Top of the pops at the Australian box office this week is Space Jam: A New Legacy, a hybrid animation/live-action pic being described in Hollywood as state of the art for the form and hugely better than the original, which is a decade old. It is officially in its first week but the previews made $5.1 million so the total is now $8.7 million, bulked up by the use of basketball star LeBron James.
But let’s say it loud and proud – Peter Rabbit has much better fur than Bugs Bunny. Experts would argue that the Loony Tunes references for the original feisty wabbit have hard edges but we don’t care. The American bunny looks like it is made of old felt.
Fast and Furious 9 has settled down to a steady glide through the suburbs with a further $428,000 over the weekend off a sadly diminished 220 cinemas. With $20.57 million in five weeks, it has been doing around twice as well as Peter Rabbit 2 over its first ten weeks, which tells us that the bunny did solid business in dark times.
F&F9 made $11 million in its first week, and $18.8 million in its first three weeks after which it pretty well fell off the cliff. Black Widow did half as well in its opening fortnight.
THE BOX OFFICE, IN GENERAL
With both Sydney and Melbourne in lockdown, we are lucky that the films are so dreary and familiar there is not much reason to leave the house. Black Widow and Space Jam: A New Legacy are both streaming but on Disney+ and HBO, which is one reason why there will always be an audience in the cinemas.
Canadian/Australian Buckley’s Chance is still around after four weeks, having lost a third of its screens to 97 and reaching $804,000. It took $33,000 last weekend which is pretty fatal. It will go down in cinema history as the film least helped by a dog in modern memory. But it could have – no pun intended but grabbed anyway – a decently long tail in smaller markets.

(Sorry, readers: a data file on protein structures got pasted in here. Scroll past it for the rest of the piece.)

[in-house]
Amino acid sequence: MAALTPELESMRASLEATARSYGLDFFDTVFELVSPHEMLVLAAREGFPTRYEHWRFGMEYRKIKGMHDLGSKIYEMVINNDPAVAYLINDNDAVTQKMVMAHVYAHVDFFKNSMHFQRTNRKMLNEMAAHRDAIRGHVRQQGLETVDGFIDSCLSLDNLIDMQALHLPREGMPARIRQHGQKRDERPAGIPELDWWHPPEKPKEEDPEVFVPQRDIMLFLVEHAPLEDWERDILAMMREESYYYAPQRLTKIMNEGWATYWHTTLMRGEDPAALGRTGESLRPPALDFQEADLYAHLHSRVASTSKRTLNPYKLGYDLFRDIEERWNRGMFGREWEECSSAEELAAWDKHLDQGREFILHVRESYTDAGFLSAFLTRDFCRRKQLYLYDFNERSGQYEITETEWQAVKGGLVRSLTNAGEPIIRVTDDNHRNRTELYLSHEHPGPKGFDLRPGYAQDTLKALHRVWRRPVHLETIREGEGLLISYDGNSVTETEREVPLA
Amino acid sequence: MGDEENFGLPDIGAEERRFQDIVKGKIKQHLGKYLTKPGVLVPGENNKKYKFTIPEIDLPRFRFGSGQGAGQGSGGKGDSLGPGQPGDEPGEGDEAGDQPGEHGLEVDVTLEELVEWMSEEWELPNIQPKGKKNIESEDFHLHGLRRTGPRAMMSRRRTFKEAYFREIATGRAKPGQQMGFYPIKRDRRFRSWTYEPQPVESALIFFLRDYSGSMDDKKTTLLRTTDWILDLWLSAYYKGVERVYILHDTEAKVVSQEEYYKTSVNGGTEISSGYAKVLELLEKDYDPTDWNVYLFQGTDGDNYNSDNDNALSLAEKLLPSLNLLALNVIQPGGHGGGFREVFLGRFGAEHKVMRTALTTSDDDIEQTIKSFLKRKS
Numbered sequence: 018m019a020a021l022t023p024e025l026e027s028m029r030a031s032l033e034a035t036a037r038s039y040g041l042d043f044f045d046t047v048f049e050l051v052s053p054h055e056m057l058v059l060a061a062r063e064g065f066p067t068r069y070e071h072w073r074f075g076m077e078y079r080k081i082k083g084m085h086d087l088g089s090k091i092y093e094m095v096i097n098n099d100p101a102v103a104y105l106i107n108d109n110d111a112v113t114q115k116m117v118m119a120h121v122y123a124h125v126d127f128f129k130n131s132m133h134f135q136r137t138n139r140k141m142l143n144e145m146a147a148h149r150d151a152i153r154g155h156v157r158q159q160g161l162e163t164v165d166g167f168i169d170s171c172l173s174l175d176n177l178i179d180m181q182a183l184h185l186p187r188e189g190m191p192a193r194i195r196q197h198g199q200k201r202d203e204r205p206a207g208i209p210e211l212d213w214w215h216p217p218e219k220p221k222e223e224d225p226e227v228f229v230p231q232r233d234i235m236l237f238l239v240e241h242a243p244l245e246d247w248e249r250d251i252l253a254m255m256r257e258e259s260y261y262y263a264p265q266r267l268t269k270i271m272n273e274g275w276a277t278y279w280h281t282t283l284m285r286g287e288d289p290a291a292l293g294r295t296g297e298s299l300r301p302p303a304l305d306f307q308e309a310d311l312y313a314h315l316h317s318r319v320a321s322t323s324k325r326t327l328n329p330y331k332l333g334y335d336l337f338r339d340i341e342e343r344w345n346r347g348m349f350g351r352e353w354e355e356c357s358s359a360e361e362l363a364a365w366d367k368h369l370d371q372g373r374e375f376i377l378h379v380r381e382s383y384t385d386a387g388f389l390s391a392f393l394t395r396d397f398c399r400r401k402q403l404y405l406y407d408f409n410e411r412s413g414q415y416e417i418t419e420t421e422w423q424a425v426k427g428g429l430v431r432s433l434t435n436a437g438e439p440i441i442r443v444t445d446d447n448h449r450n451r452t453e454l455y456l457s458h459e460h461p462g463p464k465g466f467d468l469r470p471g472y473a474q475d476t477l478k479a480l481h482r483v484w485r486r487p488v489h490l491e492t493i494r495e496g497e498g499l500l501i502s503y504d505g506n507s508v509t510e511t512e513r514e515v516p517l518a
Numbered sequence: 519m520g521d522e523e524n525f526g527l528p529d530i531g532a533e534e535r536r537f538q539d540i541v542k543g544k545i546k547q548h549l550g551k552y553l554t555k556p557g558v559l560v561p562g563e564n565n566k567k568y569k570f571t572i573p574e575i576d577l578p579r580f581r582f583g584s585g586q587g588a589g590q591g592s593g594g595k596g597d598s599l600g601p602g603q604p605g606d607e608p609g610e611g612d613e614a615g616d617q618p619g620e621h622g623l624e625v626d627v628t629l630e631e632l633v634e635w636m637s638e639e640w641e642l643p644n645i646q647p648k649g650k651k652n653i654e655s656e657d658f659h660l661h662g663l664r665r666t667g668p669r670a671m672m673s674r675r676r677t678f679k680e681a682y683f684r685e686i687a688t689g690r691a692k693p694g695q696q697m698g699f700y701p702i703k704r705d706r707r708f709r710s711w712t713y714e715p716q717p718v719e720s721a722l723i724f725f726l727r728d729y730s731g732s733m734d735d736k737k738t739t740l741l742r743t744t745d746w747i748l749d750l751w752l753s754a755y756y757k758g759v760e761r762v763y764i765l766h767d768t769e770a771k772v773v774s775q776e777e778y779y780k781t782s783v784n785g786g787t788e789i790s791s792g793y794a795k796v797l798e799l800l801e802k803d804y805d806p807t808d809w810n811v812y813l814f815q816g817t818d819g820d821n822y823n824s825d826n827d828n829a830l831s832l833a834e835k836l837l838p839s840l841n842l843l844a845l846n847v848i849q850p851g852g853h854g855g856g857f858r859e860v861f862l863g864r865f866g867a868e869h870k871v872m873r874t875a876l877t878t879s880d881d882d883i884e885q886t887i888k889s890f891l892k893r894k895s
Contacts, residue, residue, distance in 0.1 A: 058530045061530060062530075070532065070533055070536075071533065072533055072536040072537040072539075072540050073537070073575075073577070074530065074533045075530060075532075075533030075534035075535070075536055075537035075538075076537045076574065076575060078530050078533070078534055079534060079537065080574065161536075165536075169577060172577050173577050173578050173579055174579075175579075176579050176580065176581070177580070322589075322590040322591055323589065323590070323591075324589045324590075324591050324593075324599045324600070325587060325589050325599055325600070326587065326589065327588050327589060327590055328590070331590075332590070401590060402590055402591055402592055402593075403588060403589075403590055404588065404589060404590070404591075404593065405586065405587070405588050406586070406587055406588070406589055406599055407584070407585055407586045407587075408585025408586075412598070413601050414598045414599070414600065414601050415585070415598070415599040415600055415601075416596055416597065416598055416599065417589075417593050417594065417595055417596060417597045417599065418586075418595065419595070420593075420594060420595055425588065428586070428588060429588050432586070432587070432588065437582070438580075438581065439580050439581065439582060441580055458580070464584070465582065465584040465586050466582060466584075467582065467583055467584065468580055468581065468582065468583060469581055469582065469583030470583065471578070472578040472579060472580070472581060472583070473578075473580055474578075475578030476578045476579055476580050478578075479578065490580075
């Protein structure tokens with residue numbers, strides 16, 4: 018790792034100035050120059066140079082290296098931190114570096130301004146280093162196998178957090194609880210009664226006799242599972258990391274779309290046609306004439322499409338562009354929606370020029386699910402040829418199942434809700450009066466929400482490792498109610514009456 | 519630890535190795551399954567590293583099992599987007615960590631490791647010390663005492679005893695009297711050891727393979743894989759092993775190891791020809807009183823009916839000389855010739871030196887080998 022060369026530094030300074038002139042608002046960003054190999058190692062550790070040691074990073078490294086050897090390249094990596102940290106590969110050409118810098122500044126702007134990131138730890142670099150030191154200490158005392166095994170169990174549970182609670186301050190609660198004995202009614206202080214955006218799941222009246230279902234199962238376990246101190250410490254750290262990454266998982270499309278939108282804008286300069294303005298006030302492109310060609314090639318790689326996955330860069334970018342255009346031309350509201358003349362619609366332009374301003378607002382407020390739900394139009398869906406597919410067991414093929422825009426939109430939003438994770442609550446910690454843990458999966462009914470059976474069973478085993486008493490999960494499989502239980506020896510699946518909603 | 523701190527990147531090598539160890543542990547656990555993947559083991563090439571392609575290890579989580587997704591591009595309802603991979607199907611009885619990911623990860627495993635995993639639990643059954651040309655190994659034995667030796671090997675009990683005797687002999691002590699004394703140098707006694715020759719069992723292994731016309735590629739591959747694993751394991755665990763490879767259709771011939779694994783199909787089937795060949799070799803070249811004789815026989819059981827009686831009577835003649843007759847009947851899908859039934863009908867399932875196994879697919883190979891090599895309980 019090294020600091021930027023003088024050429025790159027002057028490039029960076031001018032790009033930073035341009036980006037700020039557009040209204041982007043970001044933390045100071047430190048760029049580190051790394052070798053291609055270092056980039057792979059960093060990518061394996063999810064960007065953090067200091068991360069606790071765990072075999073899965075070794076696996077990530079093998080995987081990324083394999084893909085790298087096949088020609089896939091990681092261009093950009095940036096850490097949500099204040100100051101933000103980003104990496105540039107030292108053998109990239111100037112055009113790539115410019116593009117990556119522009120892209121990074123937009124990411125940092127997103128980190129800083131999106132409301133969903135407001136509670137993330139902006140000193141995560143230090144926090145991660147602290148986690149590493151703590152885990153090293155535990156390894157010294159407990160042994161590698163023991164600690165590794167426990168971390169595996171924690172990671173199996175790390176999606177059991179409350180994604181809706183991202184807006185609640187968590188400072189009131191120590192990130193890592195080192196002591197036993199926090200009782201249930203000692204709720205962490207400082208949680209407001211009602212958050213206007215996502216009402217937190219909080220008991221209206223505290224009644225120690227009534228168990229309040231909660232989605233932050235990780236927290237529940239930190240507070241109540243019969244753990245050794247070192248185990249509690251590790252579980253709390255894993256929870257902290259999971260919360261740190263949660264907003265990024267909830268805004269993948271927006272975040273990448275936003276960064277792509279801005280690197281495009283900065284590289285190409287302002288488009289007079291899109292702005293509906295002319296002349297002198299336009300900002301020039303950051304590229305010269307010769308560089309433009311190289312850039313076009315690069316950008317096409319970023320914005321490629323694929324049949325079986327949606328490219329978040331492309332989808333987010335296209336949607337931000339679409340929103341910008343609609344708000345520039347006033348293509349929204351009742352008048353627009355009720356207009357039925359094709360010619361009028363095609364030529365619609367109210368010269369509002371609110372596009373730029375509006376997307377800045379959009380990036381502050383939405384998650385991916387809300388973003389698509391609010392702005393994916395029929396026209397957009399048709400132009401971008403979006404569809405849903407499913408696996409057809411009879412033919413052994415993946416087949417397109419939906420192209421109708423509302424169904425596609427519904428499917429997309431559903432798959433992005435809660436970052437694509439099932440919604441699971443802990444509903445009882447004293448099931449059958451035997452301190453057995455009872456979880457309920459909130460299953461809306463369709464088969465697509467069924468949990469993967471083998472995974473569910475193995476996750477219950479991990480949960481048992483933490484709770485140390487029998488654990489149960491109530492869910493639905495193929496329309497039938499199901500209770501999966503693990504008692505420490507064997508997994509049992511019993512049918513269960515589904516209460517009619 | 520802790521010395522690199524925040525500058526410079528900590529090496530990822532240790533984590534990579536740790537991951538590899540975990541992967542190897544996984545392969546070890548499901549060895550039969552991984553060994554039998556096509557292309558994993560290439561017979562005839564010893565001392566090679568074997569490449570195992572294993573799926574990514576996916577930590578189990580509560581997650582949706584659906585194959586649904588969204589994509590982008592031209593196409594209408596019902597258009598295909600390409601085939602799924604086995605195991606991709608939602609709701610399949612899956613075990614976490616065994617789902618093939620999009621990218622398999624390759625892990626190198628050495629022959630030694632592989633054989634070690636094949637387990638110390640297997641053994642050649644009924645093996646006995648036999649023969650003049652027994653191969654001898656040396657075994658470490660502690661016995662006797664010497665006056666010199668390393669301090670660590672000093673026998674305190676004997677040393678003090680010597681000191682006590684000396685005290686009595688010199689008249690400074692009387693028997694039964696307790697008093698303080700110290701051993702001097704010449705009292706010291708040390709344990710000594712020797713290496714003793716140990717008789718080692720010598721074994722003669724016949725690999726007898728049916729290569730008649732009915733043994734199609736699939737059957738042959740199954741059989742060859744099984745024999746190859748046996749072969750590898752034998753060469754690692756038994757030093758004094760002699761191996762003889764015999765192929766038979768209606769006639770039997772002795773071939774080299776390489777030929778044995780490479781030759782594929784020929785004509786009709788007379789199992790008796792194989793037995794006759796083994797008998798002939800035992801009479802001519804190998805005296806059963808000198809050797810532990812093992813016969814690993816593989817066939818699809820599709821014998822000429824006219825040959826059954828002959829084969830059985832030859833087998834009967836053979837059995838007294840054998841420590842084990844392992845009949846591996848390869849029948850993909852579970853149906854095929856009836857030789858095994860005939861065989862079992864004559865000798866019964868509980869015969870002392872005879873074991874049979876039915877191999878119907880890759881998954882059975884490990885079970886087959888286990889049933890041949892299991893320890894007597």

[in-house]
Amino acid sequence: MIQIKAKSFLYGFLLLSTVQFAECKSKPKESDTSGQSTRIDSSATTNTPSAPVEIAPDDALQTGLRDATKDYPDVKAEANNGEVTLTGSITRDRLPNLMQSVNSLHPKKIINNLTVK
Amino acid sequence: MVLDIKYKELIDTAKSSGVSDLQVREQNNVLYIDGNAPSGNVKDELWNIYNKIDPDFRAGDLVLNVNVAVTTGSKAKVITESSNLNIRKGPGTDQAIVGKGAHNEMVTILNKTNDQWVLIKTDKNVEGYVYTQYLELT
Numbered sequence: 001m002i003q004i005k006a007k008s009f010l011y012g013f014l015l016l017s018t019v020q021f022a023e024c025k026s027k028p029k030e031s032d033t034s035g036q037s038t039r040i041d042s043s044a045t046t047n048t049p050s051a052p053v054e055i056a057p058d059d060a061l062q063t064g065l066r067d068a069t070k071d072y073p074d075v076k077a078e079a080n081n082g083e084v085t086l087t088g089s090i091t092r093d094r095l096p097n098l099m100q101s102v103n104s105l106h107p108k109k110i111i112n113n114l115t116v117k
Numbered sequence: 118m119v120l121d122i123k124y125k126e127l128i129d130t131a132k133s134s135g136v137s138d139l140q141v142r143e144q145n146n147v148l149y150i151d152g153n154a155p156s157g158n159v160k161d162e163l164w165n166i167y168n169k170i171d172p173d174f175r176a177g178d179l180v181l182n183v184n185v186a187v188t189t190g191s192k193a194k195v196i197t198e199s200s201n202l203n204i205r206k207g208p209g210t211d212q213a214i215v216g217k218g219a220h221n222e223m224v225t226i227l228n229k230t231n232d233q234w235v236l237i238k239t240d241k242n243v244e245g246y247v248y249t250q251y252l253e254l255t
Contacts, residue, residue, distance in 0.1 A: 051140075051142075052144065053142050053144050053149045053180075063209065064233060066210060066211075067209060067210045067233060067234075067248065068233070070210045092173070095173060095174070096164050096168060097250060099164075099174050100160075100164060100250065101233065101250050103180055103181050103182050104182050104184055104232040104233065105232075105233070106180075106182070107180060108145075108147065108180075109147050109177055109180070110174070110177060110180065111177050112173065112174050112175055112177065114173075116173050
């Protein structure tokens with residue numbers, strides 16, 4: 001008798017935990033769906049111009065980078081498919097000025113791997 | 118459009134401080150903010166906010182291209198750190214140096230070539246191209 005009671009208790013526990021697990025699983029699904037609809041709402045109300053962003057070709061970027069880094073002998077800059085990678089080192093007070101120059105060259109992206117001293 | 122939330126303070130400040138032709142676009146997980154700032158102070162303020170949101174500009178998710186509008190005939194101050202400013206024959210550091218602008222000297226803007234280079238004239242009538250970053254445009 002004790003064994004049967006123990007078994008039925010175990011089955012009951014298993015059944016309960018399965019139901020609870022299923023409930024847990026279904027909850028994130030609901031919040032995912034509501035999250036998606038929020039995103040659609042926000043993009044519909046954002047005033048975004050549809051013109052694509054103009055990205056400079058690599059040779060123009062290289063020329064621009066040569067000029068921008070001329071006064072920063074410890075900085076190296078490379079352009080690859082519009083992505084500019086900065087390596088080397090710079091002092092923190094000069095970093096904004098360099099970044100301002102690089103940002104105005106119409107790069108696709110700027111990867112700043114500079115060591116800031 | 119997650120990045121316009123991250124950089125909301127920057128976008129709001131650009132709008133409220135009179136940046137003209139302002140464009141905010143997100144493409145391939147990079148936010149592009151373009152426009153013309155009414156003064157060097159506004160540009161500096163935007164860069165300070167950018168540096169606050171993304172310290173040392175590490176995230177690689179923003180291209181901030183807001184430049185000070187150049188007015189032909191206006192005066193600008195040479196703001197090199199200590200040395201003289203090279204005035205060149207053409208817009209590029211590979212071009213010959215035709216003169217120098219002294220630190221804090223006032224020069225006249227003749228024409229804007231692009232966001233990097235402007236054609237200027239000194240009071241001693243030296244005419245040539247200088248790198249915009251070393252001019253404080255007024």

In the US, pundits were expecting Black Widow in week 2 to beat Space Jam in week 1, but the intergalactic rabbit film came out on top. Once we compare opening weekends, Black Widow scored more than twice the business, and did $15 million better than F&F9, which is not being streamed.
Director Cate Shortland has every reason to be pleased. Not just because of a successful blockbuster, but the best one of this crazy US summer.
THE RABBIT LIVES
Not yet streaming, Peter Rabbit 2 has now made a shade under $200 million around the world, chasing an impossible benchmark of $480 million for the first Peter Rabbit. In China, the film has done better than local predictions with $38 million, carved out against the central government’s injunction to show patriotic films in the month of the CCP’s centenary, which probably shortened the run. The figures are actually pretty cheery because Peter Rabbit 1 made $36 million in China so the sequel has actually done better.